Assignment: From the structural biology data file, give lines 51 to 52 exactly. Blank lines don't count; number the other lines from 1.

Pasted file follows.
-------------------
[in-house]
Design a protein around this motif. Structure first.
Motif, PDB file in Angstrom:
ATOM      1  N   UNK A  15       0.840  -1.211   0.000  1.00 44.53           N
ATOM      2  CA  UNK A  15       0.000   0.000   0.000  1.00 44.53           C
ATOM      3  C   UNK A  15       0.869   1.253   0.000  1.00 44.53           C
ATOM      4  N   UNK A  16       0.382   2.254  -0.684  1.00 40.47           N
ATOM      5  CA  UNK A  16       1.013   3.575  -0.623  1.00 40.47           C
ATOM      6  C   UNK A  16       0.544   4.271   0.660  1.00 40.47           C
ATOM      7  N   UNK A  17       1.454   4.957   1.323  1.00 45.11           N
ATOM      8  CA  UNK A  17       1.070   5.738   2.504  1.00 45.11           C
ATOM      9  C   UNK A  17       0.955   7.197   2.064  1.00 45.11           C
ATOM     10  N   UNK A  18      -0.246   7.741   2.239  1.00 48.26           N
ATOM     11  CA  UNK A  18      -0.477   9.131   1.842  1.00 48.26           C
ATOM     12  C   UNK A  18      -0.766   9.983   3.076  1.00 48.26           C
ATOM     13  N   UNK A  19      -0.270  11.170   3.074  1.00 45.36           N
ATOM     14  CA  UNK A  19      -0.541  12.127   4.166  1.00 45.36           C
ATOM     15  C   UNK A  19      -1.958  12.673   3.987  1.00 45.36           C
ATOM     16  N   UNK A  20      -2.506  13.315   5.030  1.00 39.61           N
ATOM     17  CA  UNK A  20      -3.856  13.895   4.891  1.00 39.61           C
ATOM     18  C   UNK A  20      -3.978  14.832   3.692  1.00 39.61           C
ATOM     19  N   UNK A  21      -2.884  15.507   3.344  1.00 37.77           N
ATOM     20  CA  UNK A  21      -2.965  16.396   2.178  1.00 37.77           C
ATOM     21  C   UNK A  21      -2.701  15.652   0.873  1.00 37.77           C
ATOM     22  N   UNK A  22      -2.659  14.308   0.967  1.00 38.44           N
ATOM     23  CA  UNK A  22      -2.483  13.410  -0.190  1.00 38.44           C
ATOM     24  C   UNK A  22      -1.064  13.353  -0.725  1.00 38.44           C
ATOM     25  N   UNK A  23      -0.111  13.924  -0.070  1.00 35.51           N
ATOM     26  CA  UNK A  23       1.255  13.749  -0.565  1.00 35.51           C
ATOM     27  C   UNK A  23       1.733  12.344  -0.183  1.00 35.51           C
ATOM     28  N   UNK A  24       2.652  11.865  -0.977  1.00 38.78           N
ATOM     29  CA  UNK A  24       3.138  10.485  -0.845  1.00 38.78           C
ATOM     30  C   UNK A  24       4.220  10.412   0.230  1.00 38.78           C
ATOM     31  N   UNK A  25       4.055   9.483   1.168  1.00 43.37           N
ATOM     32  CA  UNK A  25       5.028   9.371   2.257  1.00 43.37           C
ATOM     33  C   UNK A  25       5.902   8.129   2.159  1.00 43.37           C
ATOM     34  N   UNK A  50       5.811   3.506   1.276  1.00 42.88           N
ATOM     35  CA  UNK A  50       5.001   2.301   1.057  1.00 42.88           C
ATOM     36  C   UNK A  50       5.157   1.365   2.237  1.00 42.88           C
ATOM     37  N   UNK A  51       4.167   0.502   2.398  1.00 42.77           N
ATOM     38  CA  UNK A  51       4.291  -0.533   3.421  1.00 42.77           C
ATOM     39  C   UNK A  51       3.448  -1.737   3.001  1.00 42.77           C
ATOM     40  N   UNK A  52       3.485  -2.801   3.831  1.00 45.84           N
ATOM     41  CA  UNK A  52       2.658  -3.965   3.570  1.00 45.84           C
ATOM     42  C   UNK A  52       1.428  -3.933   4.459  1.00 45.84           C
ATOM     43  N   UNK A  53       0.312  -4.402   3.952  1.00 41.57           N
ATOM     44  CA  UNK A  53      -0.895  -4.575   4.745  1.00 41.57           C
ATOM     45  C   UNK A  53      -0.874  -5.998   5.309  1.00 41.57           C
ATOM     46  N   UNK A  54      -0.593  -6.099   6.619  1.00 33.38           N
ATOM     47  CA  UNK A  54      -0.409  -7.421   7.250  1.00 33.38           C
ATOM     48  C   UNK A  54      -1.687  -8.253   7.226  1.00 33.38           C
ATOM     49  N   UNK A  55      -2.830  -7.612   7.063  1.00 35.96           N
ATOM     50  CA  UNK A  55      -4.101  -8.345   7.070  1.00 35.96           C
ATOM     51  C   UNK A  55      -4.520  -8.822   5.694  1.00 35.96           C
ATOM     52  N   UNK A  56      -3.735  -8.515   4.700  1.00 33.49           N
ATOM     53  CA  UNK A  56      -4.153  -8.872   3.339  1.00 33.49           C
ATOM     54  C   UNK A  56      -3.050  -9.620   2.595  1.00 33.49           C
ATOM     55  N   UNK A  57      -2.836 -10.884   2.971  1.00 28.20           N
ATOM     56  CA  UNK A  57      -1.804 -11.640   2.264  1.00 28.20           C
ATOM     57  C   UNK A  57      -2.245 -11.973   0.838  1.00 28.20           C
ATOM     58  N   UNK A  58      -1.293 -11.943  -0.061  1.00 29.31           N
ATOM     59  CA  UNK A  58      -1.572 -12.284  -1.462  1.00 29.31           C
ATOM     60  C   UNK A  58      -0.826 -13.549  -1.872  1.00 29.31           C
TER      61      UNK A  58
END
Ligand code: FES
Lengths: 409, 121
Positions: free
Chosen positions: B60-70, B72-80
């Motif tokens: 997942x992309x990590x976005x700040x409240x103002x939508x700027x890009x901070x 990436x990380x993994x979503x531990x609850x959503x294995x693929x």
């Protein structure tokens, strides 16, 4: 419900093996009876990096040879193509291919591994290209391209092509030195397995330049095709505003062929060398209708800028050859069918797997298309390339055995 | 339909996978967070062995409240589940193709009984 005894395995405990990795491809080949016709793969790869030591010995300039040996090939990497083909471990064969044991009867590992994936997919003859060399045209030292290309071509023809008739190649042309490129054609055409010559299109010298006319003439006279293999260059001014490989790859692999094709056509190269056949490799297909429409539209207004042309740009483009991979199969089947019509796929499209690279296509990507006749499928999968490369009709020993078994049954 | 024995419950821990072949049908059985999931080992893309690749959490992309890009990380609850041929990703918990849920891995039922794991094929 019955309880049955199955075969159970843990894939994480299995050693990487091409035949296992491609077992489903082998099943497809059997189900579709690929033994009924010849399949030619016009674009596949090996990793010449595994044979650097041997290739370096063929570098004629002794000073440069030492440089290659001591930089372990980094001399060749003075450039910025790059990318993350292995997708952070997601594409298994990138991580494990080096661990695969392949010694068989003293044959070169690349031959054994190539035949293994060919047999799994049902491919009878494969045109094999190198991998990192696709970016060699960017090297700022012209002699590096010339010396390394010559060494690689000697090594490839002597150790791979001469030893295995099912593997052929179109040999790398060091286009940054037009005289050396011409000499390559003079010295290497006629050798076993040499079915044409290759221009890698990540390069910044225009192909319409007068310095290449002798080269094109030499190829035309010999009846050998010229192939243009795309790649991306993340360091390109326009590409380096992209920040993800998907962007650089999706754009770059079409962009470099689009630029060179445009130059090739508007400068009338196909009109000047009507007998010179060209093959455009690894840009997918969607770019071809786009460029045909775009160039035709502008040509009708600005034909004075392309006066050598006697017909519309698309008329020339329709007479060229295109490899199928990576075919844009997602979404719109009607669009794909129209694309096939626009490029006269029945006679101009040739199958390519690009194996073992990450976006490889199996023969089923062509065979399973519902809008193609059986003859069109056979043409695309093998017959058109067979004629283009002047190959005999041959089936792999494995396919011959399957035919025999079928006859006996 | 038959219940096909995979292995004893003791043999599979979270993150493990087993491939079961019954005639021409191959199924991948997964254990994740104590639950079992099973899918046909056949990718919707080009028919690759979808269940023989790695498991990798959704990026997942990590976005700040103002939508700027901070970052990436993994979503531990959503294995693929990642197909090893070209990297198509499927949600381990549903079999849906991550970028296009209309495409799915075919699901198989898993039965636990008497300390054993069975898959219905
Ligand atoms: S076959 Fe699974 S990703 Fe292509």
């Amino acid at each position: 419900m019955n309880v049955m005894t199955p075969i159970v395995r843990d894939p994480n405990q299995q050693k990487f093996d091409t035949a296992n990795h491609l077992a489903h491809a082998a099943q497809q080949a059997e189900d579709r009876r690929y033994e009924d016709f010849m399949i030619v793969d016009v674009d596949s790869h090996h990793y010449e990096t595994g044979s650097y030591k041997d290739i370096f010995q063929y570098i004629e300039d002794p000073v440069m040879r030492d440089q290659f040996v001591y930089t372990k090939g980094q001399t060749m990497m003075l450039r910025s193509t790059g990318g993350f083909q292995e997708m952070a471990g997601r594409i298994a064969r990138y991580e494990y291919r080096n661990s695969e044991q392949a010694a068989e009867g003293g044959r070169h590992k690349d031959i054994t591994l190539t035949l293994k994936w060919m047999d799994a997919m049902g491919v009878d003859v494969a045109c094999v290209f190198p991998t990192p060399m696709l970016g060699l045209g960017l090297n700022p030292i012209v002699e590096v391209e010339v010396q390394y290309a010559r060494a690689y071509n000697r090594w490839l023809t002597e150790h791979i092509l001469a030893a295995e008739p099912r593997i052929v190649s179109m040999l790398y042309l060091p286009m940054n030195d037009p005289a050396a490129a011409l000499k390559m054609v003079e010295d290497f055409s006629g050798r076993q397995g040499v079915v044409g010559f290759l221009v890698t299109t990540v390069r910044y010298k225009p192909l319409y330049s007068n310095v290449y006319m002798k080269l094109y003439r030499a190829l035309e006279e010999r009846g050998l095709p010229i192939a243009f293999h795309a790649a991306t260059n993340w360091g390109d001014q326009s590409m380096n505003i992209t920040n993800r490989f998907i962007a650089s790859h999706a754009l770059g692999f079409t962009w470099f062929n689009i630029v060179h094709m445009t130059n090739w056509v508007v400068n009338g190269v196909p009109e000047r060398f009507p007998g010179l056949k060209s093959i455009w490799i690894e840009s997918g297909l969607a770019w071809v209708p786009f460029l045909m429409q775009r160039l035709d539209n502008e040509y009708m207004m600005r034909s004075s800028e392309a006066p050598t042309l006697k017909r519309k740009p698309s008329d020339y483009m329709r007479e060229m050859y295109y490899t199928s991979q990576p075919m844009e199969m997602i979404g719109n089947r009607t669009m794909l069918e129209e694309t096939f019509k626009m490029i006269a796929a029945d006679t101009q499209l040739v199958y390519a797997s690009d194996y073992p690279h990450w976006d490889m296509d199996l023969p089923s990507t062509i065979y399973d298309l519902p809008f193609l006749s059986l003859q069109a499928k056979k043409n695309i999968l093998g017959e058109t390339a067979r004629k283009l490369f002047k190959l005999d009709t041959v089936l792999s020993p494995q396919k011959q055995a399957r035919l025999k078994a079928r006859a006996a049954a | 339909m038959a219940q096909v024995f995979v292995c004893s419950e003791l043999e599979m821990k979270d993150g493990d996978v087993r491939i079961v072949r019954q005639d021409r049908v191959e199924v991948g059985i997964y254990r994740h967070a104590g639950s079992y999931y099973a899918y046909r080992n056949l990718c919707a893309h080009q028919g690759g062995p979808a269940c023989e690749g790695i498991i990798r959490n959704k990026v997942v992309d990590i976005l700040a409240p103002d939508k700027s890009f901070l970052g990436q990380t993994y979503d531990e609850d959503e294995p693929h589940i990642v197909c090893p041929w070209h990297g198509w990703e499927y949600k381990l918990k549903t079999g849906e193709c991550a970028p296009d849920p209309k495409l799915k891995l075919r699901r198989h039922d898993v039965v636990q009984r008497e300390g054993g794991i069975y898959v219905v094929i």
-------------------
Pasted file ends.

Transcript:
ATOM     48  C   UNK A  54      -1.687  -8.253   7.226  1.00 33.38           C
ATOM     49  N   UNK A  55      -2.830  -7.612   7.063  1.00 35.96           N